Cameron unveils crackdown on online porn

Cameron unveils crackdown on online porn
Picture: Stefan Rousseau/PA Wire

David Cameron has threatened to impose tough new laws on internet giants if they fail to blacklist key search terms for horrific images by October as part a crackdown on online porn unveiled today.

The British Prime Minister set out a raft of reforms to protect children from “poisonous” websites that are “corroding childhood”, including introducing family-friendly filters that automatically block pornography unless customers choose to opt-out.

Possessing violent pornography containing simulated rape scenes will be made a crime in England and Wales and videos streamed online in the UK will be subject to the same restrictions as those sold in shops.

In a speech at the NSPCC headquarters in London, the Prime Minister acknowledged the issue of extreme and child pornography is “hard for our society to confront” and “difficult for politicians to talk about”.

“I want to talk about the internet,” he said.“The impact it is having on the innocence of our children. How online pornography is corroding childhood. And how, in the darkest corners of the internet, there are things going on that are a direct danger to our children, and that must be stamped out.

“I’m not making this speech because I want to moralise or scaremonger, but because I feel

profoundly as a politician, and as a father, that the time for action has come. This is, quite simply, about how we protect our children and their innocence.”

Family friendly filters will be the default setting for new broadband customers by the end of the year and only account holders will be able to change them.

Existing customers will be presented with an “unavoidable decision” about installing the filters by the end of the 2014, Mr Cameron added.

“We are not prescribing how the ISPs should contact their customers – it’s up to them to find their own technological solutions. But however they do it, there will be no escaping this decision, no ’remind me later’ and then it never gets done.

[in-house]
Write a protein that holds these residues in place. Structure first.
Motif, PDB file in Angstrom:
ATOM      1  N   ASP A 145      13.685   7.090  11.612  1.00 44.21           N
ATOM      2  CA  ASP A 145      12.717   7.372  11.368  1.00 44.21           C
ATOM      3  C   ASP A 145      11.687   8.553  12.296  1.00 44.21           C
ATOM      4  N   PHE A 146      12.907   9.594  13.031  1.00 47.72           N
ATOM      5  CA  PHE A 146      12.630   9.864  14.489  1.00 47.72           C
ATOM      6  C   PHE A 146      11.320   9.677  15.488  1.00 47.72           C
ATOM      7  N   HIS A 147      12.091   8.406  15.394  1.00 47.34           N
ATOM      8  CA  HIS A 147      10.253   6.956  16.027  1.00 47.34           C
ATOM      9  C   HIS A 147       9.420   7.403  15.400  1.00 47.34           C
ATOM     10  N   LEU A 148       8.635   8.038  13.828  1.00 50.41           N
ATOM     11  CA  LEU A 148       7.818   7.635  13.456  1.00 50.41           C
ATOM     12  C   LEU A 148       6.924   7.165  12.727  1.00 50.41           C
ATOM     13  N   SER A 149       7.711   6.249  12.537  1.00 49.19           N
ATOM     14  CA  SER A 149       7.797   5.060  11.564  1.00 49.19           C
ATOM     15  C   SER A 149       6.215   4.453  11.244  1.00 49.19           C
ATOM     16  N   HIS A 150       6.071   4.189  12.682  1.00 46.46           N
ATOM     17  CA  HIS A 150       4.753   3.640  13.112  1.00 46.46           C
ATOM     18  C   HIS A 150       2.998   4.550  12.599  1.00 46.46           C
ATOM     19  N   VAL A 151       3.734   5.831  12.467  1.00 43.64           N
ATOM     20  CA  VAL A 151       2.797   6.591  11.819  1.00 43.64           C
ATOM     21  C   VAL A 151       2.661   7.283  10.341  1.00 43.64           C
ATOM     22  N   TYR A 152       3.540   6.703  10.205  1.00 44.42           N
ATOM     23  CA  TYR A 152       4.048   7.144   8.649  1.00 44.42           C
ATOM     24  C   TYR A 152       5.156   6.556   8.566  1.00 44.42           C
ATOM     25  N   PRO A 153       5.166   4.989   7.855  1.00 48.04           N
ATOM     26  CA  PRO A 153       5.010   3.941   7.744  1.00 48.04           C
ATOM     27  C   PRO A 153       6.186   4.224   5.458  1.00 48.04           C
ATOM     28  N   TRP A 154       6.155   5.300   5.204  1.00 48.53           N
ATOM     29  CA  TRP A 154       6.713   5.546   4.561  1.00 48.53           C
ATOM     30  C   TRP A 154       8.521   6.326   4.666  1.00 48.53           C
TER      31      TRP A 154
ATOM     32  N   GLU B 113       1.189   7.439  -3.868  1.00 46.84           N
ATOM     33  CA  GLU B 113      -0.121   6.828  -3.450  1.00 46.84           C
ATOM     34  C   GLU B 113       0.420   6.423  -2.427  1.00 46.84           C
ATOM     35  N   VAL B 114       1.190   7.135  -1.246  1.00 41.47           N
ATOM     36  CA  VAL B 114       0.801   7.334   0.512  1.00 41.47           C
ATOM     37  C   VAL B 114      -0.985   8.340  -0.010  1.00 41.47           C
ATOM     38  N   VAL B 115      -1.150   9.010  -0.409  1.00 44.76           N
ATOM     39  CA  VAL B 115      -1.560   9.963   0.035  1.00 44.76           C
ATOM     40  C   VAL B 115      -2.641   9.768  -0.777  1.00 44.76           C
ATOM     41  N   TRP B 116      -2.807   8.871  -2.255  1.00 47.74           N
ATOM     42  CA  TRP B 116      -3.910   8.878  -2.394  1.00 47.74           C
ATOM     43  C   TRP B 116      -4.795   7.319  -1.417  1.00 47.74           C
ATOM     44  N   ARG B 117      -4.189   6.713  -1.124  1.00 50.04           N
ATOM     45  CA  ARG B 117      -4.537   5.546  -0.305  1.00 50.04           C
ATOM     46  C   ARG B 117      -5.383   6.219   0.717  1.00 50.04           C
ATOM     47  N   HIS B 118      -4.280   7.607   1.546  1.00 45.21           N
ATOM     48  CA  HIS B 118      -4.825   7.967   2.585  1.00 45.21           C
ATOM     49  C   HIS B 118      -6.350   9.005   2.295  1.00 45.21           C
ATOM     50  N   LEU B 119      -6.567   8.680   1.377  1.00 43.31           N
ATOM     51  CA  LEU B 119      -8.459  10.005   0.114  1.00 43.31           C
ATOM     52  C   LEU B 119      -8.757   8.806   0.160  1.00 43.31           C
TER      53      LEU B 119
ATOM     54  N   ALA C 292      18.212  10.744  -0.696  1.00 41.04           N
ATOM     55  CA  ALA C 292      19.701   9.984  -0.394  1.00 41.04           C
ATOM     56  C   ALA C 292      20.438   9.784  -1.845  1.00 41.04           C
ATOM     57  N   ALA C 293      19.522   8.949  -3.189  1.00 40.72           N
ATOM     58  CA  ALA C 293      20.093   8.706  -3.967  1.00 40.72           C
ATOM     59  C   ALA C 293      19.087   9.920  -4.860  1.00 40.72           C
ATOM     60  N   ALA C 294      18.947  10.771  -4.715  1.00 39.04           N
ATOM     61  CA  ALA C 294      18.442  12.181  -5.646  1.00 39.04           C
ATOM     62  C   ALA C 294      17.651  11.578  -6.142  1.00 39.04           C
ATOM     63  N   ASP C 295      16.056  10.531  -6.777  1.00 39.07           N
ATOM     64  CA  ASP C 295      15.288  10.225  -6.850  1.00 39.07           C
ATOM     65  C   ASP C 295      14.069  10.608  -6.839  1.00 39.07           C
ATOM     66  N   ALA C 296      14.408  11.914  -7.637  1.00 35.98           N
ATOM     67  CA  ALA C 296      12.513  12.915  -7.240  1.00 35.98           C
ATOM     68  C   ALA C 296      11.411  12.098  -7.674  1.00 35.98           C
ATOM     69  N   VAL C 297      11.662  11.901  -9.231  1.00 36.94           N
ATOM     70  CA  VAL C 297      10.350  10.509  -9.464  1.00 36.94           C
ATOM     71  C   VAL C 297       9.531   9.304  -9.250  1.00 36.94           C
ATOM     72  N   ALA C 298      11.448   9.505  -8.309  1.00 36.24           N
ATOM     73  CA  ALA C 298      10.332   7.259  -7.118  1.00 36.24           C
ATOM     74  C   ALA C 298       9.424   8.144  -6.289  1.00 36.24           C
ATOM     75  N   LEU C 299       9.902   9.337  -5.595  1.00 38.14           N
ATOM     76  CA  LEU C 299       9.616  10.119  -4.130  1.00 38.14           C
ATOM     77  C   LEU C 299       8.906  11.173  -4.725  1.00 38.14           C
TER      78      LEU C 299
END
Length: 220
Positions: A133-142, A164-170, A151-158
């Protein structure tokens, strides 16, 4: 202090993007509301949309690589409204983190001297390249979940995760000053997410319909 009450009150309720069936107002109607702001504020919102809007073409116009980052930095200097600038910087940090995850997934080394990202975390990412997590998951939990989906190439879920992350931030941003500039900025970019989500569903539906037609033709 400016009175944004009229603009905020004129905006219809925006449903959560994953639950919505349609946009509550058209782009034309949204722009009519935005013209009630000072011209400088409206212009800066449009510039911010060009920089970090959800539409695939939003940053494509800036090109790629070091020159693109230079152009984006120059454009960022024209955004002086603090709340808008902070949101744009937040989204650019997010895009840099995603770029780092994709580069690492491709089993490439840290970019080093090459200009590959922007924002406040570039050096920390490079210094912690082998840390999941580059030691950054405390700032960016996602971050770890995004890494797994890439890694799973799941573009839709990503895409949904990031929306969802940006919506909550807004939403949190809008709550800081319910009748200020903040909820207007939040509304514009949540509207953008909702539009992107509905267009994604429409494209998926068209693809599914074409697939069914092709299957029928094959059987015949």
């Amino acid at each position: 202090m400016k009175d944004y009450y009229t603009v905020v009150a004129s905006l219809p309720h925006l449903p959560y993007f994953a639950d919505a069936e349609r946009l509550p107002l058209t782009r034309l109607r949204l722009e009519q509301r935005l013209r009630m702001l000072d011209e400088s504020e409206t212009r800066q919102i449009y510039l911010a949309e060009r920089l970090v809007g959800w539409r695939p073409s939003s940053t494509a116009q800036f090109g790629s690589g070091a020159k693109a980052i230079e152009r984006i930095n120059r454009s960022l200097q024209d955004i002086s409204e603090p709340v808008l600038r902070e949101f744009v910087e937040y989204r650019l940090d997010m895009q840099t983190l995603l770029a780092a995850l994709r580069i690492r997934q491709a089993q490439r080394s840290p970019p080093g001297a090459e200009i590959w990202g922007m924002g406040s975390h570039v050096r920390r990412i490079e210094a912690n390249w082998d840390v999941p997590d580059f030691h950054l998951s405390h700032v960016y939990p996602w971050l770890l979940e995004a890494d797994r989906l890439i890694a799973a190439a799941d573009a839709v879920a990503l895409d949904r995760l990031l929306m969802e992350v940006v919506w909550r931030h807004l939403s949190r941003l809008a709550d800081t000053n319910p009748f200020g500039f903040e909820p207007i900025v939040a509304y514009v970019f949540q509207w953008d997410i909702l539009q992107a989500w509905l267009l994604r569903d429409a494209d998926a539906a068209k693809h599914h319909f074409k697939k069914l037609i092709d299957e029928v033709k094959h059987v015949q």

“And they will ensure it is an adult making the choice. If adults don’t want these filters – that’s their decision.”

The internet industry has agreed to use the database to proactively scan for, block and remove the images wherever they occur, Mr Cameron said.

But he gave search engines including Google an October deadline to introduce further measures to block access to illegal content by blacklisting searches based on certain phrases, claiming they have a “moral duty” to act.

“You’re the people who have worked out how to map almost every inch of the earth from space who have algorithms that make sense of vast quantities of information," he said.

“You’re the people who take pride in doing what they say can’t be done.”

Mr Cameron also told how warning pages will pop up if people try to access illegal content to spell out more explicitly the consequences of their actions.

“These splash pages are up on the internet from today, and this is a vital step forward. But we need to go further.

“These warning pages should also tell those who’ve landed on it that they face consequences, such as losing their job, their family, even access to their children if they continue and vitally, they should direct them to the charity campaign Stop It Now, which can help them change their behaviour anonymously and in complete confidence.”

A Google spokesman said: “We have a zero tolerance attitude to child sexual abuse imagery. Whenever we discover it, we respond quickly to remove and report it.

Mr Cameron’s announcement was welcomed by women’s groups and academics who had campaigned to close the “rape porn” loophole.


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